In Austin we love outdoor fun. Unfortunately the summer heat can be very dangerous for some of us who enjoy getting out to stay fit. It is important to make sure you stay safe outside in the sun. Here is some basic information on heat exhaustion, what to look for and how to prevent it.
What is heat exhaustion?
Heat exhaustion is a potentially dangerous condition where the body’s core temperature gets too hot due to a combination of environmental heat, humidity and physical activity. Untreated heat exhaustion could lead to heat stroke.
What are the symptoms of heat exhaustion?
Heat exhaustion symptoms can appear suddenly during or after physical activity. The symptoms include: excessive sweating, dizziness, fainting, weak and rapid pulse, sudden fatigue, low blood pressure when standing up, muscle cramping, nausea and headache.
What should you do if you suspect heat exhaustion?
DO NOT HIDE! Make sure you are in an area where people can help you if necessary. Stop all physical activity and find a cool (preferably air conditioned) and shaded place to rest. Let those around you know you suspect you might be experiencing heat exhaustion. Drink cool water or electrolyte replacement. You should seek medical attention if your symptoms do not go away within 60 minutes or if your temperature gets above 104 degrees.
How can you prevent heat exhaustion?
Wear light clothing that is thin, loose and light-colored or specifically designed for hotter environments. Wear a hat or visor and apply plenty of sun block. Make sure you hydrate before during and after physical activity outside with cool water or an electrolyte replacement. If possible, try to remain in shaded areas when outside and acclimate to the environment before beginning rigorous exercise. Ease into exercise outdoors if you are not used to it; if you are with a trainer let your trainer know your concerns. Check any medications you may be taking that may increase your sensitivity to the sun.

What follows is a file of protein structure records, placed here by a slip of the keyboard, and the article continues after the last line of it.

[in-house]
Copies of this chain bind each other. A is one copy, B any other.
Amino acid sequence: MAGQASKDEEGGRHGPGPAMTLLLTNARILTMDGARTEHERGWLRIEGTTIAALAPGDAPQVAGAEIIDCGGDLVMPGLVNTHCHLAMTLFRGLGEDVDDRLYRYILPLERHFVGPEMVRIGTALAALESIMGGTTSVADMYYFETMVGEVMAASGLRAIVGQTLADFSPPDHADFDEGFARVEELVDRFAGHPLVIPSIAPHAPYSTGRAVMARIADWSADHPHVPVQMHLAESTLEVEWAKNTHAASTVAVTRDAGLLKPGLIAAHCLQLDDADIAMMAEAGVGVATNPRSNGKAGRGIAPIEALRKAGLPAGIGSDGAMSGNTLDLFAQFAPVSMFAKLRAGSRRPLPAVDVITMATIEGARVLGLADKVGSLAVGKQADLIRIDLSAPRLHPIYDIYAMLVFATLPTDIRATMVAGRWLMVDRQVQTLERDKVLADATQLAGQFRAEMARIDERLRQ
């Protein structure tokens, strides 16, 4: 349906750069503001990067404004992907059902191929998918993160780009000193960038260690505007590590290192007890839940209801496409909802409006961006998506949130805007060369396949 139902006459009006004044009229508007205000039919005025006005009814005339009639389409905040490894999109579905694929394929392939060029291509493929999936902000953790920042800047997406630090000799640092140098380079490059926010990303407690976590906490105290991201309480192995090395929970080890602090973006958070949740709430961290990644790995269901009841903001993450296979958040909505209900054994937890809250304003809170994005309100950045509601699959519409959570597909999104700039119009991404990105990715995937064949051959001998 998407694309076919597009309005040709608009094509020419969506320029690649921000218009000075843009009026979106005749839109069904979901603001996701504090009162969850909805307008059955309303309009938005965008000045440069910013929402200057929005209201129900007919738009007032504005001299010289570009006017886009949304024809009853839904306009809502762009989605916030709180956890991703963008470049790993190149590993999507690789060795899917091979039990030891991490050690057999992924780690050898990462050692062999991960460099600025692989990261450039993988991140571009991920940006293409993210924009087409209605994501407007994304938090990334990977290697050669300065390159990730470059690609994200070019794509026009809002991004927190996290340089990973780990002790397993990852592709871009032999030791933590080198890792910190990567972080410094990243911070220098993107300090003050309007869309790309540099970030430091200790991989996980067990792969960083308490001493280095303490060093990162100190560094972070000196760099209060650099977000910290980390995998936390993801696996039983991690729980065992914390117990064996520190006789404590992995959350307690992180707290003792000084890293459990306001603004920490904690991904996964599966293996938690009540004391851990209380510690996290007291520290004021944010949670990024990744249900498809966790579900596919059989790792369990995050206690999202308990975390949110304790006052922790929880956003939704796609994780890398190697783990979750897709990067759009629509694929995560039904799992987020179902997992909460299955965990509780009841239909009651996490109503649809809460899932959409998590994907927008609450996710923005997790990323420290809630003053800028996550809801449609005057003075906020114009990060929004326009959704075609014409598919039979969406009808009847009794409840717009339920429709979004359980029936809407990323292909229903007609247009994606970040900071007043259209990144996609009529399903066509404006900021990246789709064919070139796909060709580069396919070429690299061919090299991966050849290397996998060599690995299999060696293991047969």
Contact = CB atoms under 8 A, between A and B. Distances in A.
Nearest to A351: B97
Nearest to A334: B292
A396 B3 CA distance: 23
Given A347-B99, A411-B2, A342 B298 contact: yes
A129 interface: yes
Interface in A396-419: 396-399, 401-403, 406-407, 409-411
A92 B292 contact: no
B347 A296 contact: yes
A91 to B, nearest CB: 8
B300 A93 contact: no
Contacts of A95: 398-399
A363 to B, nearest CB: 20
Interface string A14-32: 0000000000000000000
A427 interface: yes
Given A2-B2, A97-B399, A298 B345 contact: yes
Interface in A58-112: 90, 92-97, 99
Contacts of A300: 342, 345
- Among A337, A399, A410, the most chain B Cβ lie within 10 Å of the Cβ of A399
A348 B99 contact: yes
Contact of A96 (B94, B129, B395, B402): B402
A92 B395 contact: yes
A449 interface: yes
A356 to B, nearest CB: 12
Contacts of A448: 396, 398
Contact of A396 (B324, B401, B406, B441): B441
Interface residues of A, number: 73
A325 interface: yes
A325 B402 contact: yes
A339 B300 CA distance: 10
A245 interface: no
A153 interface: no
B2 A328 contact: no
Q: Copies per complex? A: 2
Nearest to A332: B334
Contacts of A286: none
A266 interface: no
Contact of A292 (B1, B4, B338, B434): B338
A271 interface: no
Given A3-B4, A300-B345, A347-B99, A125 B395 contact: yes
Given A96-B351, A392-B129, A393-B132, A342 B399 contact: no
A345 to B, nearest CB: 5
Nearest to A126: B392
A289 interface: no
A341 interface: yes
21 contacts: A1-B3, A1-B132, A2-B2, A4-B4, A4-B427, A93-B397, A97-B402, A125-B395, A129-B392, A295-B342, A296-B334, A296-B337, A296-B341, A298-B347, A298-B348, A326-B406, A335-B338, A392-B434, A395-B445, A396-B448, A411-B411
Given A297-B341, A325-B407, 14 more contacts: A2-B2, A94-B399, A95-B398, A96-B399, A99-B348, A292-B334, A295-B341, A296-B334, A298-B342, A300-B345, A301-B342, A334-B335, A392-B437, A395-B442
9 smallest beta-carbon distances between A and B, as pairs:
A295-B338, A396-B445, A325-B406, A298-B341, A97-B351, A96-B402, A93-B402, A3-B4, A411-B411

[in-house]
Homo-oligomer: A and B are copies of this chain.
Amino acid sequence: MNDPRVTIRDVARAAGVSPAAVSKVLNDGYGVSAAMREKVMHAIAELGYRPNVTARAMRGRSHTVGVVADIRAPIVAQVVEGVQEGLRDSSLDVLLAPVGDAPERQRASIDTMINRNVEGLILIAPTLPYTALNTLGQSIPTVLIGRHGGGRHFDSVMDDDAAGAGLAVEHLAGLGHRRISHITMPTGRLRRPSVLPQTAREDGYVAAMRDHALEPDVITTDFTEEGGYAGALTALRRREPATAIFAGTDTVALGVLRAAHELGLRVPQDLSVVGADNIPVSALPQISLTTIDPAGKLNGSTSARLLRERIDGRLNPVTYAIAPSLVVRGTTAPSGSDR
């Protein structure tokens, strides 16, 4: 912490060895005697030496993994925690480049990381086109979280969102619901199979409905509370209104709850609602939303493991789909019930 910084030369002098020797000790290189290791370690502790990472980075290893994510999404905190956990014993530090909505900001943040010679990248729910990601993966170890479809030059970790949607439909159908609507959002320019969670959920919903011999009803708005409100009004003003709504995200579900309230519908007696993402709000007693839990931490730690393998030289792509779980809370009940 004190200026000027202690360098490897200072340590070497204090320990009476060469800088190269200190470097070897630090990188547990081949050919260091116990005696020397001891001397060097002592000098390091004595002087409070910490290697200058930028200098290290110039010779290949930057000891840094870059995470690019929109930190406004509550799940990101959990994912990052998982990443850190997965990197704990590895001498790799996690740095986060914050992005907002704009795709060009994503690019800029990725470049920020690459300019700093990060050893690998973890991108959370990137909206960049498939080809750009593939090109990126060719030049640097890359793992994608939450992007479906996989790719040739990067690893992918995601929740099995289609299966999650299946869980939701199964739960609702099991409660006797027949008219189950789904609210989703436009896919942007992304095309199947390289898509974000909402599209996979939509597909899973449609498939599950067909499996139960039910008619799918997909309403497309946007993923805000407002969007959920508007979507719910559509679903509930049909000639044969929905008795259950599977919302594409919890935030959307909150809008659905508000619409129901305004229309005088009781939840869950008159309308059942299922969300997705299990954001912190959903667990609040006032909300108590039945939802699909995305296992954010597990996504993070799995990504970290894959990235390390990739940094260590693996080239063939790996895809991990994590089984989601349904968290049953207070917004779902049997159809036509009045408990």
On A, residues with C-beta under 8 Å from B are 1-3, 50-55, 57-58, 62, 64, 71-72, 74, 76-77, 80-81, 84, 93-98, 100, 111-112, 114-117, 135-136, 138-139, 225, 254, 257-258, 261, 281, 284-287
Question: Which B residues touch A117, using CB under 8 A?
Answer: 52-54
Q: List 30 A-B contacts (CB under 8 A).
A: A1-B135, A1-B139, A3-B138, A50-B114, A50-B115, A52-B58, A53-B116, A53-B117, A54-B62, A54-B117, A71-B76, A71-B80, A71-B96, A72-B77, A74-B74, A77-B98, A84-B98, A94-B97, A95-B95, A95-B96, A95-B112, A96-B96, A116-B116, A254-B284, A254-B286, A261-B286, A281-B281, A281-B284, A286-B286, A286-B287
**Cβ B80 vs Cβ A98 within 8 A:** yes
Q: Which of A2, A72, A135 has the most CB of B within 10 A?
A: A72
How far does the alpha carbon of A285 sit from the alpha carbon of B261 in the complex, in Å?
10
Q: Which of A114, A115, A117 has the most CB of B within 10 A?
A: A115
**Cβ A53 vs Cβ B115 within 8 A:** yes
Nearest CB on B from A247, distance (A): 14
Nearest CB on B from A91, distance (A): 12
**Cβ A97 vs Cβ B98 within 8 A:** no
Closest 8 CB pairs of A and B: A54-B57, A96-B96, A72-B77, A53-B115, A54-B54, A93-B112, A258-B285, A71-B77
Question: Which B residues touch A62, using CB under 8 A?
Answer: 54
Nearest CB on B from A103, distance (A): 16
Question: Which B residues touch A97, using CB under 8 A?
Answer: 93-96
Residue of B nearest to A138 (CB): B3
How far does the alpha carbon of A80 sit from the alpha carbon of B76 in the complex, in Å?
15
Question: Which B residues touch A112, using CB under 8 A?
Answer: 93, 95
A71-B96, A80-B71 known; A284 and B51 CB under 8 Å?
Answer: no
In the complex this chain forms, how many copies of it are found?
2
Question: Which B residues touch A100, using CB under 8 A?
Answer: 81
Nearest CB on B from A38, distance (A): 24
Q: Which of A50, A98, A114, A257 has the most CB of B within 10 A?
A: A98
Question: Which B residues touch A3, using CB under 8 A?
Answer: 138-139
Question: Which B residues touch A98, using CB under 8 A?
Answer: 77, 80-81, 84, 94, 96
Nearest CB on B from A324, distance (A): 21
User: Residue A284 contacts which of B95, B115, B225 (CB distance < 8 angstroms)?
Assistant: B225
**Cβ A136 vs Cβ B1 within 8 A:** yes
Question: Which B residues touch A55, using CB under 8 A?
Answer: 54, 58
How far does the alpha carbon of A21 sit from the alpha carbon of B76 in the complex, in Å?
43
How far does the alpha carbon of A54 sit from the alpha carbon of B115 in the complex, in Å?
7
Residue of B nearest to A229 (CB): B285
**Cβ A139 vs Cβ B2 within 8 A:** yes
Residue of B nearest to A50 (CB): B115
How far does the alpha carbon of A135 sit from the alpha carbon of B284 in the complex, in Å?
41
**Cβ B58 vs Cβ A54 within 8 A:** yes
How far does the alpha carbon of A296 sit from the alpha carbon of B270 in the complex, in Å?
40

What are the symptoms of a heat stroke?
A heat stroke is a serious medical condition that results from untreated heat exhaustion. Seek medical attention immediately if you experience any of the following symptoms: body temperature reaches and maintains a temperature over 104 degrees, lack of sweating and flushed skin, rapid breathing and heart beat, headache, neurological disorder (seizure, hallucination, sudden speech or coordination problems) and muscle fatigue and weakness.
Have fun getting or keeping fit this summer and STAY SAFE! Work It!